It appears that Mack Brown’s sabbatical from the game of college football will be a brief one.
Citing sources familiar with the process, Chuck Carlton of the Dallas Morning News confirmed a Chip Brown Scout.com report that the former Texas head football coach has reached an agreement to serve as a studio analyst this fall. UT athletic director Steve Patterson subsequently confirmed to the Austin American-Statesman‘s Kirk Bohls that the long-time coach is opting for a television gig.
An official announcement is expected at some point this week, Bohls reported.
It’s unclear what studio role Brown will fill — and if the Longhorn Network will be involved — although hopefully it means either Mark May or Lou Holtz — or both — will be shown the door, although we won’t hold our breath on that front. There have been reports that Holtz is set to retire, although ESPN has denied the speculation that came directly from Holtz himself. From a 247Sports.com interview with Holtz last month:
On why he wants to retire after the 2014 season:
“I’d like to practice my golf a little more. I’ve been everywhere except to bed. I’ve spoken to everybody except my wife. Somebody said, ‘Do you ever go anywhere where people don’t recognize you?’ I said home. I owe it to her to spend a little more time with her. I said that last year too.”
Brown “stepped down” as the Longhorns’ head coach in December of 2013 after 16 seasons in Austin, and was ultimately replaced by Charlie Strong three weeks later. Since his “resignation,” Brown has served as a paid advisor — $500,000 annually — to university president Bill Powers as part of a new contract that runs through 2020.
Additionally, Texas will pay Brown a total of $2.75 million over four years as part of the settlement to force an early retirement for Brown.
With multiple teams in the coach spill top 10 losing this week, there was bound to be some shaking up the rankings this week. The coaches poll still has Ohio State on top, followed by TCU, Michigan State and Baylor. Florida had the biggest jump in the rankings while Georgia had the biggest drop The coaches poll also welcomes some new additions this week.
The Florida Gators, fresh off a stomping of previous No. 3 Ole Miss (down to No. 13) moved up 11 spots in this week’s coaches poll. Florida is one of five SEC teams in this week’s coaches poll. The Big Ten has five as well. So does the Pac-12.
No. 23 Iowa, No. 24 Boise State and No. 25 Memphis make their debuts in the coaches poll this week, giving us our first glimpse on the national perception in the Group of Five race. I may have Boise State down a few pegs, but the coaches, or those who actually submit the votes, have the Broncos on top of the Group of Five pack. Memphis is right there as well, but not Toledo.
Here is this week’s coaches poll:
- Ohio State ( first place votes)
- Michigan State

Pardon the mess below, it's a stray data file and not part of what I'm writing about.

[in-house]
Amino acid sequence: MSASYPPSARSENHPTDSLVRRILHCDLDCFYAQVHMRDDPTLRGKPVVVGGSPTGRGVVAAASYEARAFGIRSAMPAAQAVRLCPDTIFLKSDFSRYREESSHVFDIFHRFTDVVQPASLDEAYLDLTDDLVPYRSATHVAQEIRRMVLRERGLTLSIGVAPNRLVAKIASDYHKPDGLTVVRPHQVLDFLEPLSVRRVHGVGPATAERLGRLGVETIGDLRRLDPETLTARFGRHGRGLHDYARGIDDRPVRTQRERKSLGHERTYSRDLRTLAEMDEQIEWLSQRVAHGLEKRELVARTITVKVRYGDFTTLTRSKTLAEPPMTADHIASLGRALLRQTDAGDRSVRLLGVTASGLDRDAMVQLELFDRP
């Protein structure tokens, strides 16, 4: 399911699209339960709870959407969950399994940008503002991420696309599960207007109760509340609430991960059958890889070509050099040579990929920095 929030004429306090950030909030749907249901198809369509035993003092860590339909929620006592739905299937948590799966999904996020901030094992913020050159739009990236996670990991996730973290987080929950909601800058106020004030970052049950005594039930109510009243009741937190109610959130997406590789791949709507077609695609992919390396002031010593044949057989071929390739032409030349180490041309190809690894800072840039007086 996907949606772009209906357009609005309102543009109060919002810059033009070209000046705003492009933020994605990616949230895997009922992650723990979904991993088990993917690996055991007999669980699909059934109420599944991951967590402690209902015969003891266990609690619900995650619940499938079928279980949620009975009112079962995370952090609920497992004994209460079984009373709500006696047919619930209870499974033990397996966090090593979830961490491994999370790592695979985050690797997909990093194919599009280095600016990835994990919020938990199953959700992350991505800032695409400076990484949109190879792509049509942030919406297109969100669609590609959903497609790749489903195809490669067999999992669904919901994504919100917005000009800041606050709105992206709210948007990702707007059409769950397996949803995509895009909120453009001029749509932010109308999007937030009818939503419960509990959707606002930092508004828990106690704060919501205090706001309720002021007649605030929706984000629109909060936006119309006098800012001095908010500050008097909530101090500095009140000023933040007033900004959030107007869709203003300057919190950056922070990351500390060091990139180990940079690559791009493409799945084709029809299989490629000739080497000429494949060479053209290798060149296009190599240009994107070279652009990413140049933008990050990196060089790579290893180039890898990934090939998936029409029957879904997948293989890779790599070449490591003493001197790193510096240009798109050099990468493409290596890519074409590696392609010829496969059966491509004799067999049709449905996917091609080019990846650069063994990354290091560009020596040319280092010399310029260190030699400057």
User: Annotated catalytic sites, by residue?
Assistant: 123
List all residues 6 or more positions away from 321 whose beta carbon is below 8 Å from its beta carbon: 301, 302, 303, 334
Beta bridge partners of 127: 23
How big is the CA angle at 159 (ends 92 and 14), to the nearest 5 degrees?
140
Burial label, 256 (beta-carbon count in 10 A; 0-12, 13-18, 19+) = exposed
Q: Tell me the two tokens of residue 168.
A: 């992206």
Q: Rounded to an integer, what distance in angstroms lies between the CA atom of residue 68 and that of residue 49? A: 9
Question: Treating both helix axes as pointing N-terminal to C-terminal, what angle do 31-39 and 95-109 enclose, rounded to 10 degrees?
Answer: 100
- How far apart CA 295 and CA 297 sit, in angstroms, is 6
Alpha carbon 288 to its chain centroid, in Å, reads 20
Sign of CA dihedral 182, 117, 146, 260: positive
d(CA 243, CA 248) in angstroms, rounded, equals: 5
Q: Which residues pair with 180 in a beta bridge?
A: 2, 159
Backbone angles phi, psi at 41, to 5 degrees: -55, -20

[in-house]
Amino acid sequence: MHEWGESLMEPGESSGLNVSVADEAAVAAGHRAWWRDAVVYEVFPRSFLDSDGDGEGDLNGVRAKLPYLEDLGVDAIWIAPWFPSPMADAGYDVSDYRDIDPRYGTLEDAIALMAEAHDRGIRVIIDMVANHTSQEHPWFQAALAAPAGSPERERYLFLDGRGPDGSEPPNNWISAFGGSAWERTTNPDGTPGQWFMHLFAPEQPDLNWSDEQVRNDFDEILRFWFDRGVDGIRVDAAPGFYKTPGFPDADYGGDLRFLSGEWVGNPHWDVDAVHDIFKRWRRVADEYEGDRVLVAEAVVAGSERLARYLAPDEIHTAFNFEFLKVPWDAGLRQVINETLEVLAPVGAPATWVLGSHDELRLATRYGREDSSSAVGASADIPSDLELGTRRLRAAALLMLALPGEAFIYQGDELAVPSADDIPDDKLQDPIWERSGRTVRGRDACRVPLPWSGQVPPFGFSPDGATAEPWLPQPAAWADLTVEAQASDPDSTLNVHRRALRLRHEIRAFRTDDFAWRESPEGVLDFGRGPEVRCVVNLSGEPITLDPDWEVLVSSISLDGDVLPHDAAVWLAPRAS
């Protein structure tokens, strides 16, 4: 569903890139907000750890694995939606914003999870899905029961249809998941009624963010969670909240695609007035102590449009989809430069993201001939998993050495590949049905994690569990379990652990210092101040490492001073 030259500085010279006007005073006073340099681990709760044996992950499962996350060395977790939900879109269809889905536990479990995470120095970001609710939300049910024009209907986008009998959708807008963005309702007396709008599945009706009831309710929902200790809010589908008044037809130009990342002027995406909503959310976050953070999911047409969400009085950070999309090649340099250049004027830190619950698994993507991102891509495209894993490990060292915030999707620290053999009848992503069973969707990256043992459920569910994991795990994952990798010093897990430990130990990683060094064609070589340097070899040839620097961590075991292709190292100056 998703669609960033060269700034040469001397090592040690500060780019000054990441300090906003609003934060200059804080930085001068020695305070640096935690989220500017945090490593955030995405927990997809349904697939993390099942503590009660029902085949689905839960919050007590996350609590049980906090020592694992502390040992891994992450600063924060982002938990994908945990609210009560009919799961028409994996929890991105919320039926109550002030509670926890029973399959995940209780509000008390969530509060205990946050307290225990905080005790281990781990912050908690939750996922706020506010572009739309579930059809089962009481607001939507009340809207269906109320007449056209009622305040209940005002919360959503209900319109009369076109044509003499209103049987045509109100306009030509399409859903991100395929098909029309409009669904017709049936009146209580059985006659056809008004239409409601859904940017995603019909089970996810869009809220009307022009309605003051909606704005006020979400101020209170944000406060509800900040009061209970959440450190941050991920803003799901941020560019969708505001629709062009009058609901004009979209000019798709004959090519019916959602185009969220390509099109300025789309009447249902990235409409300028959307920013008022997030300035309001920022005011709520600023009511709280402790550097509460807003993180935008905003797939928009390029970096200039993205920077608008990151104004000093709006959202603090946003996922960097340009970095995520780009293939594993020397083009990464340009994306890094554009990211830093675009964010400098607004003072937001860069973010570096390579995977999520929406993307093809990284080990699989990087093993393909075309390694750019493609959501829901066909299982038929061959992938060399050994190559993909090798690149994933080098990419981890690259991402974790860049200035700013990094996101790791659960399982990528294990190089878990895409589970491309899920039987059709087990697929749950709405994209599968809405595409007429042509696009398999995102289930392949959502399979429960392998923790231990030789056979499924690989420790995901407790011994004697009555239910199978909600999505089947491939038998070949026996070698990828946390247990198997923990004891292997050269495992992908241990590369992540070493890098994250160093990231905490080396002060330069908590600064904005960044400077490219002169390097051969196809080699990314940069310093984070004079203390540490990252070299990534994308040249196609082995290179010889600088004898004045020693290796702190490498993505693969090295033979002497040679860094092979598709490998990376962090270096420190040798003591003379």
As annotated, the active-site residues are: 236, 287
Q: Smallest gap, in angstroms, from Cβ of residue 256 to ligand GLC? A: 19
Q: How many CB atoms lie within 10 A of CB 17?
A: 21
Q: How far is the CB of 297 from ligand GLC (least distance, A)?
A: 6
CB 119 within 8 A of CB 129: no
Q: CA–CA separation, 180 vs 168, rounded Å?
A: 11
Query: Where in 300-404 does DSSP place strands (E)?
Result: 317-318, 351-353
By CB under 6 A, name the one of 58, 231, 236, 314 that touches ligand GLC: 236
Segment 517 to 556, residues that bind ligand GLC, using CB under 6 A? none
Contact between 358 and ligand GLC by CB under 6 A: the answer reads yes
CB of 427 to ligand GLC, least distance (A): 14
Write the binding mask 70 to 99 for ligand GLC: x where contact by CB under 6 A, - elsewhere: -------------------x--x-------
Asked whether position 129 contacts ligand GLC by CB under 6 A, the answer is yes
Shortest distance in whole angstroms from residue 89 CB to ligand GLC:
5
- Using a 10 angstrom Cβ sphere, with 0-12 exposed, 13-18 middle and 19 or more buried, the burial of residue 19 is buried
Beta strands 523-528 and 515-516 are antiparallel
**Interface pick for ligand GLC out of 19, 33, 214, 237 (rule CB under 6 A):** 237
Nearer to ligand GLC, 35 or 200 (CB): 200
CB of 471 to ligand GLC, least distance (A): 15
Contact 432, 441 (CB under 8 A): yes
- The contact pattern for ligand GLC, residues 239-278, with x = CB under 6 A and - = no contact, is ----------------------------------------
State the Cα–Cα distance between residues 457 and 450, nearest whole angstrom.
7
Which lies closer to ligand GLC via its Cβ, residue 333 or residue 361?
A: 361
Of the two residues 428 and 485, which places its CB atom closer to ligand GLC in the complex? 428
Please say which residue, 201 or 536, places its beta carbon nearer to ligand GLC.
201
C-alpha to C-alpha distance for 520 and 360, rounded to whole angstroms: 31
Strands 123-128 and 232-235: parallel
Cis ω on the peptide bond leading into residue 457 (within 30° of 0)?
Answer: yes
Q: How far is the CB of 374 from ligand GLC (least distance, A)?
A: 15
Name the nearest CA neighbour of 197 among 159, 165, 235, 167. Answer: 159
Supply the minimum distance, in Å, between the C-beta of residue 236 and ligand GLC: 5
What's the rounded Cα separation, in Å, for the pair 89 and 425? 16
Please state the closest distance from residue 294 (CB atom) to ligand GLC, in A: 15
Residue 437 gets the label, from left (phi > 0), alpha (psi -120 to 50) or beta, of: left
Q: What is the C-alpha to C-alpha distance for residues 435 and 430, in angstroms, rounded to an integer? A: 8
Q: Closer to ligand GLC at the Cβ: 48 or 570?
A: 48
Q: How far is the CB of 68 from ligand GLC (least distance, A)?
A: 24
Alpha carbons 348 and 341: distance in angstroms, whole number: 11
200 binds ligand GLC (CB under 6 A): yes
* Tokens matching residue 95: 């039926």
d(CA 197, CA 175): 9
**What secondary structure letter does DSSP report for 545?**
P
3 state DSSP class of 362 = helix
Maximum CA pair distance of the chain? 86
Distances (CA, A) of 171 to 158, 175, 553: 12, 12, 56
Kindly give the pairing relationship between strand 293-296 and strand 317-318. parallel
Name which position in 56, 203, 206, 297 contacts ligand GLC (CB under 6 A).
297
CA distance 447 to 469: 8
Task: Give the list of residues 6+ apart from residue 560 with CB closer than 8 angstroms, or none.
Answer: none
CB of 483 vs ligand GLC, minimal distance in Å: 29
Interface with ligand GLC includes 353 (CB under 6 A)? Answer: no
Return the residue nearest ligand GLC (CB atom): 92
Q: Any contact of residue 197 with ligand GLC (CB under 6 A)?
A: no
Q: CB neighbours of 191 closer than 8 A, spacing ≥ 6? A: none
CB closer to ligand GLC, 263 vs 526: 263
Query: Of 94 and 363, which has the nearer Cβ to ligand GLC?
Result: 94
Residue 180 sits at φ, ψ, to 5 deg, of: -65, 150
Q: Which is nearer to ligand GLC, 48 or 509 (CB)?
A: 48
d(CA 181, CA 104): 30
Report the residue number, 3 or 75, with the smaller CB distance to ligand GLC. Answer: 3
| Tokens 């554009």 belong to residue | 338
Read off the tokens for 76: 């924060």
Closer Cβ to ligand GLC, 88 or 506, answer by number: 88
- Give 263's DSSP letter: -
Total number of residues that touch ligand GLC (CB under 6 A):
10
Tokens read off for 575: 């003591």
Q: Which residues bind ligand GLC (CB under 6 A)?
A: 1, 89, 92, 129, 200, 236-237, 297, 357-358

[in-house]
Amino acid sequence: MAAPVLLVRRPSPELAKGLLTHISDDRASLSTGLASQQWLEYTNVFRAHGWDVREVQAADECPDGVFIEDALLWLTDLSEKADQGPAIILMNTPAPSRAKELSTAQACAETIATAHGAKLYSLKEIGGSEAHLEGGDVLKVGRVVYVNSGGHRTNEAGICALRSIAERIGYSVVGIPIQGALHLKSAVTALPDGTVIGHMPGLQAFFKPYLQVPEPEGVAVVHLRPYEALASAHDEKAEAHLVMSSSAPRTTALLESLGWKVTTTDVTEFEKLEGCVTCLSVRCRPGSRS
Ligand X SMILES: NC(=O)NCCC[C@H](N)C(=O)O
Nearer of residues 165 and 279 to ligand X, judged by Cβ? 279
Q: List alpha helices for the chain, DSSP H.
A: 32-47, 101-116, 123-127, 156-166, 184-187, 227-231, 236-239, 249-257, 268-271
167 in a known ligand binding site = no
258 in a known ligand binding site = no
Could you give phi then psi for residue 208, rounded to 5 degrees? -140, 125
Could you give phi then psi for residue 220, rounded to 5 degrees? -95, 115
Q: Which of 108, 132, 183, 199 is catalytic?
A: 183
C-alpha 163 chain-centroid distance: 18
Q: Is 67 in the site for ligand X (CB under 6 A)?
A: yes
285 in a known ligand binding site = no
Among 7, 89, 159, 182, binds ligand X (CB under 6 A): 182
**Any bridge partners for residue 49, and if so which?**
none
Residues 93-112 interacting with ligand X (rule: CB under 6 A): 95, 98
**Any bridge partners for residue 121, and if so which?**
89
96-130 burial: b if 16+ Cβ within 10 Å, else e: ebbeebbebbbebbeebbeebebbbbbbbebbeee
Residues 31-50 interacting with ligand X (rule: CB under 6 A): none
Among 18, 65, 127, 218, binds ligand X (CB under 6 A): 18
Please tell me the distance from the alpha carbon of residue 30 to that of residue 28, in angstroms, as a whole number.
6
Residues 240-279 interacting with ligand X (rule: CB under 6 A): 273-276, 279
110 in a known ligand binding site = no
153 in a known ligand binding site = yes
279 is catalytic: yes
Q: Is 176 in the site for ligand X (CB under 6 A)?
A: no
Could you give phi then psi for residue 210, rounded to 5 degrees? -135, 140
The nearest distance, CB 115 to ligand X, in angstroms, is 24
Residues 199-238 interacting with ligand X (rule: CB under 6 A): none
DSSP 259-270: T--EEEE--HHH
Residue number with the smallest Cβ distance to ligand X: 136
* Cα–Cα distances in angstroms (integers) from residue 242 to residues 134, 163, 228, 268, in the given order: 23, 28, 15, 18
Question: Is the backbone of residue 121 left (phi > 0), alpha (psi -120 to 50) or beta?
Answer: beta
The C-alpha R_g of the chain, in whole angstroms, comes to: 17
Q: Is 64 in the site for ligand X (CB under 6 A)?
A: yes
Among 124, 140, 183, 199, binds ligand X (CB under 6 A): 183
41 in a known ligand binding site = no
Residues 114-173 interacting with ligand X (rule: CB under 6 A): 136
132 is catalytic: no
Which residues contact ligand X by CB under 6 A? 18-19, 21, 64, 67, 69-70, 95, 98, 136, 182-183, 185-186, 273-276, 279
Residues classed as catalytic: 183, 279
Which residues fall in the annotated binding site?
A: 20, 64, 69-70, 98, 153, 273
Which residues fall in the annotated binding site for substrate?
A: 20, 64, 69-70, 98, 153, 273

- Florida State
- Texas A&M
- Ole Miss
- Notre Dame
- Oklahoma State
- Boise State
Notre Dame fell two points shy of tying a road game at Clemson Saturday night, partly because the decision to go for two-point conversion on one early fourth-quarter touchdown backfired on the Irish. Down 12 points early in the fourth quarter, Notre Dame head coach Brian Kelly chose to go for two-points to cut the Clemson lead to 10 points, meaning Notre Dame would need a touchdown, extra point and a field goal to tie. The two-point conversion attempt failed, and the Irish trailed by 12, 21-9.
Had the Irish gone for the easier and more likely extra point, Notre Dame would have been down 11 points. That is still a bit of an uphill battle that would require a two-point conversion later on anyway, but it also meant Notre Dame had to score two touchdowns instead of a touchdown and a field goal for a shot at tying the game. Making things worse, Notre Dame burned a timeout after the touchdown before deciding which two-point conversion play to run.
Notre Dame’s execution of a late two-point conversion with the game on the line with under 10 seconds to play also came into question as the Irish looked to give freshman quarterback DeShone Kizer the call on a run-pass option. This was stuffed by Clemson as Kizer held on to the football. Kelly, after the game, defended his quarterback’s decision to try and run for the two points.
“We had fair numbers,” Kelly said. “He’s reading it at the line of scrimmage, if the numbers were fair, they were in zone coverage. It was the right call. He made the right call.”
Sometimes a player can make the right decision and still come up short. Perhaps that is exactly what happened in the rain at Clemson Saturday night. Kizer made the best possible decision in the heat of the moment, but Clemson came out on top with solid work up front on the line of scrimmage. Of course, as it turned out late in the game, Notre Dame would have only needed an extra point to tie Clemson in the final seconds after the Tigers tacked on a field goal to set up a seven-point deficit with an Irish extra point earlier. The Irish were forced to go for two because they chased the points earlier in the quarter. Hindsight might be 20/20, but Kelly is not looking back on that decision.
Kelly is hardly the only coach to make some questionable decisions under pressure this season, or this weekend. He is, however, another example of a coach being paid millions to put his program in the best position making some questionable calls that have come back to bite him. Maybe Notre Dame would have won in overtime. The Irish certainly had the momentum in their hands. Or maybe Clemson wins anyway. Who knows?